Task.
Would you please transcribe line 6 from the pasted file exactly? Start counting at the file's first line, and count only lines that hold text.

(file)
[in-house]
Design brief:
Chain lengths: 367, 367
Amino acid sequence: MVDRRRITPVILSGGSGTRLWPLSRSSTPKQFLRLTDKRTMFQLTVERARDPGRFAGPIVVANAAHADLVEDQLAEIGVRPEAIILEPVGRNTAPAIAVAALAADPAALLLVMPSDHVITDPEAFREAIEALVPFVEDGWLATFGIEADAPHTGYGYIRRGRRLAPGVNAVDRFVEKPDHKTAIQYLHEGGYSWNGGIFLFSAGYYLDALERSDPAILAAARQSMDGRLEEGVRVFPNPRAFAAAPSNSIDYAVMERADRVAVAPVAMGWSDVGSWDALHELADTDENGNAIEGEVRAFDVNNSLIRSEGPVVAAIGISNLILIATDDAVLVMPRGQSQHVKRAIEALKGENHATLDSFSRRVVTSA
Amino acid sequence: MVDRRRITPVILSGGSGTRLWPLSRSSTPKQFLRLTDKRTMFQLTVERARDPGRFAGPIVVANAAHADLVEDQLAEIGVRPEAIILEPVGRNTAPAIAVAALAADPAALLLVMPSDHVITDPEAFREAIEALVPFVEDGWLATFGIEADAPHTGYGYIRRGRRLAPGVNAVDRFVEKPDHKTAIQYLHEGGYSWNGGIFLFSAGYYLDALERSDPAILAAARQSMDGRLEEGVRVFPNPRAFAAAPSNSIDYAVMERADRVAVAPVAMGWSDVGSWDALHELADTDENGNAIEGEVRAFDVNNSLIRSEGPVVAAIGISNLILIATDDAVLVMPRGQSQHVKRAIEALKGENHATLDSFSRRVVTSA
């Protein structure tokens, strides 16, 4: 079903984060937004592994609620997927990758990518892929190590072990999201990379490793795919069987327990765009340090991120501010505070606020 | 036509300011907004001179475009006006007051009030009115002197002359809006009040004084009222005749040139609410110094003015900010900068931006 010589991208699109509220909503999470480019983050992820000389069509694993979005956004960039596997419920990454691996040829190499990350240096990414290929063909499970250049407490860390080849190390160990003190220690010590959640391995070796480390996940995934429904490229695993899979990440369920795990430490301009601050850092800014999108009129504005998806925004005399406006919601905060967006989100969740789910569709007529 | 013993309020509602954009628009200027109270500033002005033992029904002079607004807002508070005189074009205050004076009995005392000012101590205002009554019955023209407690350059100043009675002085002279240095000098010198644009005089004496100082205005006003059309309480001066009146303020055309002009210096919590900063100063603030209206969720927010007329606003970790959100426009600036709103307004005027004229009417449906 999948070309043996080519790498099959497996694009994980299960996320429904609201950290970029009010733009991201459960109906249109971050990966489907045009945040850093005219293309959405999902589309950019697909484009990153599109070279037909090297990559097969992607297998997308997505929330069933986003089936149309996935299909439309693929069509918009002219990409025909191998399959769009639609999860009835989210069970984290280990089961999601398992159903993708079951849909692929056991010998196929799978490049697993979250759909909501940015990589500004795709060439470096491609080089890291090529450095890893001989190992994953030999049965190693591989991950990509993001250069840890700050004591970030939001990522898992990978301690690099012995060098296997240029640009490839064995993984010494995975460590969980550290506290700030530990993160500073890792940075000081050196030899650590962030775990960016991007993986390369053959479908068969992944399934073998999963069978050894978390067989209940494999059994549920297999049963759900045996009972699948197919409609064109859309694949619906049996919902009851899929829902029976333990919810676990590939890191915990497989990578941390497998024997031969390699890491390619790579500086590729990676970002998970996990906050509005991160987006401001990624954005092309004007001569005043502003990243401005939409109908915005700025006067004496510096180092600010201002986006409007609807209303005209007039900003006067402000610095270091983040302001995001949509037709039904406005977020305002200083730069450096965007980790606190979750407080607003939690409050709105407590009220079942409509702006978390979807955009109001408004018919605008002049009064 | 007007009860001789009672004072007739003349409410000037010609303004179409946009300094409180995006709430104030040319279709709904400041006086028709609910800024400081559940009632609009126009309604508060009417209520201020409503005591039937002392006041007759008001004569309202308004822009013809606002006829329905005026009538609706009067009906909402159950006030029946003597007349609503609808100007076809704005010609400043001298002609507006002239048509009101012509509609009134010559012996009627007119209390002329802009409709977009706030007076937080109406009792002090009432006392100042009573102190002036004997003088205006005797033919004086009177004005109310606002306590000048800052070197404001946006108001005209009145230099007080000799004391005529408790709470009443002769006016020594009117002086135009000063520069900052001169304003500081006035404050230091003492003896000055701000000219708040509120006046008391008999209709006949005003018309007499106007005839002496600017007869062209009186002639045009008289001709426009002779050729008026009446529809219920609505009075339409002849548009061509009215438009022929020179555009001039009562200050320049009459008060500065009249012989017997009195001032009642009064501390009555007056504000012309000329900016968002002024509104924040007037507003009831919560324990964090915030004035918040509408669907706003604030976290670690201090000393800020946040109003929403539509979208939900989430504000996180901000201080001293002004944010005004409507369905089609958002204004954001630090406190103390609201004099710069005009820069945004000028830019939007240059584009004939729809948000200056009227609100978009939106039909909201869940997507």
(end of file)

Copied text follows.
């Protein structure tokens, strides 16, 4: 079903984060937004592994609620997927990758990518892929190590072990999201990379490793795919069987327990765009340090991120501010505070606020 | 036509300011907004001179475009006006007051009030009115002197002359809006009040004084009222005749040139609410110094003015900010900068931006 010589991208699109509220909503999470480019983050992820000389069509694993979005956004960039596997419920990454691996040829190499990350240096990414290929063909499970250049407490860390080849190390160990003190220690010590959640391995070796480390996940995934429904490229695993899979990440369920795990430490301009601050850092800014999108009129504005998806925004005399406006919601905060967006989100969740789910569709007529 | 013993309020509602954009628009200027109270500033002005033992029904002079607004807002508070005189074009205050004076009995005392000012101590205002009554019955023209407690350059100043009675002085002279240095000098010198644009005089004496100082205005006003059309309480001066009146303020055309002009210096919590900063100063603030209206969720927010007329606003970790959100426009600036709103307004005027004229009417449906 999948070309043996080519790498099959497996694009994980299960996320429904609201950290970029009010733009991201459960109906249109971050990966489907045009945040850093005219293309959405999902589309950019697909484009990153599109070279037909090297990559097969992607297998997308997505929330069933986003089936149309996935299909439309693929069509918009002219990409025909191998399959769009639609999860009835989210069970984290280990089961999601398992159903993708079951849909692929056991010998196929799978490049697993979250759909909501940015990589500004795709060439470096491609080089890291090529450095890893001989190992994953030999049965190693591989991950990509993001250069840890700050004591970030939001990522898992990978301690690099012995060098296997240029640009490839064995993984010494995975460590969980550290506290700030530990993160500073890792940075000081050196030899650590962030775990960016991007993986390369053959479908068969992944399934073998999963069978050894978390067989209940494999059994549920297999049963759900045996009972699948197919409609064109859309694949619906049996919902009851899929829902029976333990919810676990590939890191915990497989990578941390497998024997031969390699890491390619790579500086590729990676970002998970996990906050509005991160987006401001990624954005092309004007001569005043502003990243401005939409109908915005700025006067004496510096180092600010201002986006409007609807209303005209007039900003006067402000610095270091983040302001995001949509037709039904406005977020305002200083730069450096965007980790606190979750407080607003939690409050709105407590009220079942409509702006978390979807955009109001408004018919605008002049009064 | 007007009860001789009672004072007739003349409410000037010609303004179409946009300094409180995006709430104030040319279709709904400041006086028709609910800024400081559940009632609009126009309604508060009417209520201020409503005591039937002392006041007759008001004569309202308004822009013809606002006829329905005026009538609706009067009906909402159950006030029946003597007349609503609808100007076809704005010609400043001298002609507006002239048509009101012509509609009134010559012996009627007119209390002329802009409709977009706030007076937080109406009792002090009432006392100042009573102190002036004997003088205006005797033919004086009177004005109310606002306590000048800052070197404001946006108001005209009145230099007080000799004391005529408790709470009443002769006016020594009117002086135009000063520069900052001169304003500081006035404050230091003492003896000055701000000219708040509120006046008391008999209709006949005003018309007499106007005839002496600017007869062209009186002639045009008289001709426009002779050729008026009446529809219920609505009075339409002849548009061509009215438009022929020179555009001039009562200050320049009459008060500065009249012989017997009195001032009642009064501390009555007056504000012309000329900016968002002024509104924040007037507003009831919560324990964090915030004035918040509408669907706003604030976290670690201090000393800020946040109003929403539509979208939900989430504000996180901000201080001293002004944010005004409507369905089609958002204004954001630090406190103390609201004099710069005009820069945004000028830019939007240059584009004939729809948000200056009227609100978009939106039909909201869940997507």